Moose Hide Campaign

The Moose Hide Campaign is a grassroots movement of Indigenous and non-Indigenous men and boys who are standing up against violence towards women and children.Wearing this moose hide signifies your commitment to honour, respect, and protect the women and children in your life and to work together to end violence against women and children.The Moose Hide Campaign was co-founded by Raven and Paul Lacerte who live in Victoria. This Campaign has spread across Canada.  

On October 11, the Executive of the Ascension CWL invited NDP MP Gord Johns to speak to our members on the Moose Hide Campaign. He explained he “has been a member since 2014 when MLA Scott Fraser introduced me by giving me a small square moose hide symbol.” He paid it forward by handing out a card and moose hide to each member of Parliament to remind them how critical the violence against indigenous and non-indigenous women is. He further explained indigenous women and girls are three times more likely to be assaulted and killed. In 2004, 54% of women came into this statistic. Child poverty and poor child care leads to these alarming statistics. Today 153,000 children in Canada live in poverty; 21% non-indigenous and 30% indigenous.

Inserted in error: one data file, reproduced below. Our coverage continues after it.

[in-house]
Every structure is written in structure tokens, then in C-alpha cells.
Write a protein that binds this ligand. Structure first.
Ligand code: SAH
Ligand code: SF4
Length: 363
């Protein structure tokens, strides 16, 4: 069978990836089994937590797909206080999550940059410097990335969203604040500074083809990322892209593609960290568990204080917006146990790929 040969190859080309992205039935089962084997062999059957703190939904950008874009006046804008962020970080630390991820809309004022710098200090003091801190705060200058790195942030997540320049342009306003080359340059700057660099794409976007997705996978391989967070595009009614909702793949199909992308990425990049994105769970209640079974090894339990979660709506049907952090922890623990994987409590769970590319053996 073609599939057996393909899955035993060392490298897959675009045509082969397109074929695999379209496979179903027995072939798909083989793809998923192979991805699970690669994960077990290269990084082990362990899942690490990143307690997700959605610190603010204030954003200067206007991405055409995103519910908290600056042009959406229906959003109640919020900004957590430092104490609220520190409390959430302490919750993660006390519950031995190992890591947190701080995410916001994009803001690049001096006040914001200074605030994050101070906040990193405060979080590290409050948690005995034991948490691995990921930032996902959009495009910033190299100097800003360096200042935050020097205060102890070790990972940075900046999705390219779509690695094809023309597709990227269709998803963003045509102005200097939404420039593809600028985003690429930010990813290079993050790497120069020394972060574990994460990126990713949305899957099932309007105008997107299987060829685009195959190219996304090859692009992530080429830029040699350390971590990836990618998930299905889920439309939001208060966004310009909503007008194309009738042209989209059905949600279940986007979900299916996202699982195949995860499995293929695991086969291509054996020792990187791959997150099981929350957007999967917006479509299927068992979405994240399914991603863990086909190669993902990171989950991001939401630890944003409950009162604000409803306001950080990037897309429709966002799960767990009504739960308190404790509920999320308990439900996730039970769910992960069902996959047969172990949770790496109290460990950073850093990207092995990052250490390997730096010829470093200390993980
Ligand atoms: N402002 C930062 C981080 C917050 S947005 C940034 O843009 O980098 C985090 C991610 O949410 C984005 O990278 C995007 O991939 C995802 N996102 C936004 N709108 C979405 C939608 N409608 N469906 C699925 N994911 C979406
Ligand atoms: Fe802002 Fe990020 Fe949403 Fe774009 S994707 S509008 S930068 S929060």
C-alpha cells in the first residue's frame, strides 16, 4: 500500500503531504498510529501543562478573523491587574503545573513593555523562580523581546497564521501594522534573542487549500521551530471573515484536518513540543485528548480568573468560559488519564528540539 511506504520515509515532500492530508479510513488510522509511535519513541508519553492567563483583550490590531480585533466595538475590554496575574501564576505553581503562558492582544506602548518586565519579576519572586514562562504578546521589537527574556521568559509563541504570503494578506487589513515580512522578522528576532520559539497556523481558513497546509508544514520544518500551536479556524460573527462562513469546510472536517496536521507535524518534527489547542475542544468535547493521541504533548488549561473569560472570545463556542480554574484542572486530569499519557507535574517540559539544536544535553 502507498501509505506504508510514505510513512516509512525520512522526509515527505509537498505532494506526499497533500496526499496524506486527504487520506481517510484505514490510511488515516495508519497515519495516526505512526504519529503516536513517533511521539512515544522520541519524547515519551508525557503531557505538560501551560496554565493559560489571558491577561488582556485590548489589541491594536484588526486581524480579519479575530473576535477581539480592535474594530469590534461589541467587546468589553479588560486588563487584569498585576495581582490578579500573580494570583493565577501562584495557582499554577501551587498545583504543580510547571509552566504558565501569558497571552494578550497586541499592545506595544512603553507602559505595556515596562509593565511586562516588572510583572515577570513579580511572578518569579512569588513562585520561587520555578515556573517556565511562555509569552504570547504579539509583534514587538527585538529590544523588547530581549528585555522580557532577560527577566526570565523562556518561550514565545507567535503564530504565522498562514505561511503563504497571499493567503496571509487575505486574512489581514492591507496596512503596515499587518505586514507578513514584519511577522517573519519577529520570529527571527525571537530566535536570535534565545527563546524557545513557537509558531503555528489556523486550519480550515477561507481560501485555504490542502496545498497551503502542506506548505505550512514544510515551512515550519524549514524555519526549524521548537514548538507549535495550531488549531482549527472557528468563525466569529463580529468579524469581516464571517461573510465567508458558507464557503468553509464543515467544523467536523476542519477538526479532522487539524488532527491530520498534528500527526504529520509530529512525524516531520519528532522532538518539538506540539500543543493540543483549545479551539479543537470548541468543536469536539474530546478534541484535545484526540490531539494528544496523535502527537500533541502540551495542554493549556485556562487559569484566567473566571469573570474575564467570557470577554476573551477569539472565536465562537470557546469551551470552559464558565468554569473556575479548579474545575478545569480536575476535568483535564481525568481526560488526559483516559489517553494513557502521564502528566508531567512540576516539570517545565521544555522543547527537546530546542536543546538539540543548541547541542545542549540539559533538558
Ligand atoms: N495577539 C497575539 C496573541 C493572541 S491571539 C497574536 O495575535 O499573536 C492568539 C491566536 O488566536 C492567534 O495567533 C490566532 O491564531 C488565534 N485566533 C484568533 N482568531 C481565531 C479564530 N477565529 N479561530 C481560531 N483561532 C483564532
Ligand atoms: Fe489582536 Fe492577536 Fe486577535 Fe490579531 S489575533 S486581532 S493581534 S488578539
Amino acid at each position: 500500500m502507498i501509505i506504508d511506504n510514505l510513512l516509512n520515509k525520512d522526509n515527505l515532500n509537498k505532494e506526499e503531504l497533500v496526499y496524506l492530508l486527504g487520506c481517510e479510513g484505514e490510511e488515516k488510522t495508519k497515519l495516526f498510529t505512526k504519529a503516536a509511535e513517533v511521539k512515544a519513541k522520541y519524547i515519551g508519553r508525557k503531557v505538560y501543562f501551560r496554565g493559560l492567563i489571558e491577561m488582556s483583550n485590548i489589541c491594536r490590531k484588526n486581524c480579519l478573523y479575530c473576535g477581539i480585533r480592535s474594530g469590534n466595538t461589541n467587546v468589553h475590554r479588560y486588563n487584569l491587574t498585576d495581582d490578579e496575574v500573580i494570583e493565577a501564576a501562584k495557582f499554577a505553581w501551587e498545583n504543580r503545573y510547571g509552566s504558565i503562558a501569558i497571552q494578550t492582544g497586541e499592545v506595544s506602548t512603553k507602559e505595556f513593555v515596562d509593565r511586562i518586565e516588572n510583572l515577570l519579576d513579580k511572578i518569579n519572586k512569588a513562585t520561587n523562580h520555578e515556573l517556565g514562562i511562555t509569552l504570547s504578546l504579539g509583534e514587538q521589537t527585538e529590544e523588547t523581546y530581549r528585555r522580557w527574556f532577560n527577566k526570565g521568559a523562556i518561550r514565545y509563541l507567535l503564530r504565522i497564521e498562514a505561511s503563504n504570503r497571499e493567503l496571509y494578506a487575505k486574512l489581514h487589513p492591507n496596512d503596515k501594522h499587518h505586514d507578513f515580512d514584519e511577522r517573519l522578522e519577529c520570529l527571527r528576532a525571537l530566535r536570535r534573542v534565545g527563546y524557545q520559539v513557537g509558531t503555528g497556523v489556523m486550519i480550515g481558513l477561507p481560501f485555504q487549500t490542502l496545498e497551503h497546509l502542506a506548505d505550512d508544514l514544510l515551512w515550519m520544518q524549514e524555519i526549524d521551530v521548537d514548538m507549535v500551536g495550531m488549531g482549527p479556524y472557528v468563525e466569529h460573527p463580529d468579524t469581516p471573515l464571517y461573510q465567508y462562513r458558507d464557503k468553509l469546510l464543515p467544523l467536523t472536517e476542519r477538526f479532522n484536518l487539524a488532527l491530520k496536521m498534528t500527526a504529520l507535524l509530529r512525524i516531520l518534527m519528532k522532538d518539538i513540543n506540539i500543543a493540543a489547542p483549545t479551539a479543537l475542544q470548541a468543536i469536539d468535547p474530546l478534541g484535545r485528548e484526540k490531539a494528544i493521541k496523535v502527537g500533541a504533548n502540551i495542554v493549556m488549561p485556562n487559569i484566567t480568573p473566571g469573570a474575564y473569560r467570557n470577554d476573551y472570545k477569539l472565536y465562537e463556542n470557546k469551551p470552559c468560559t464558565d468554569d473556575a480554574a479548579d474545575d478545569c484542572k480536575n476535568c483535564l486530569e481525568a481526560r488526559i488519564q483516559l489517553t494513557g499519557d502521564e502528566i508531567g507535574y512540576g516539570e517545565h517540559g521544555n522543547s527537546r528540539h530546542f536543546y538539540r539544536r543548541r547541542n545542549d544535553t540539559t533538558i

“Many efforts, projects, and strategies are now underway throughout the province to change this reality, but as men we can and need to do more,” says Paul Lacerte, Organizer and Executive Director of the BC Association of Aboriginal Friendship Centres. “We need to speak up and take positive action, and we need to support each other as Aboriginal men in our healing journey.”

The support of this campaign dovetails with the CWL’s National Campaign against Pornography and Human Trafficking. The cycle of violence can begin with the dehumanizing effect of pornography. This can manifest itself in violence at home or by family members and friends. 

The many questions following the talk indicated a sincere interest in this topic. Our Youth Coordinator took the information, and will share it with our young parishioners (aged 13 – 17 years), and with their families. As she said, they are never too young to learn to respect themselves and others. 

There was a gathering on Parliament Hill October 18, 2018 in which Gord Johns and other members of Parliament took part.

For a video and complete information contact: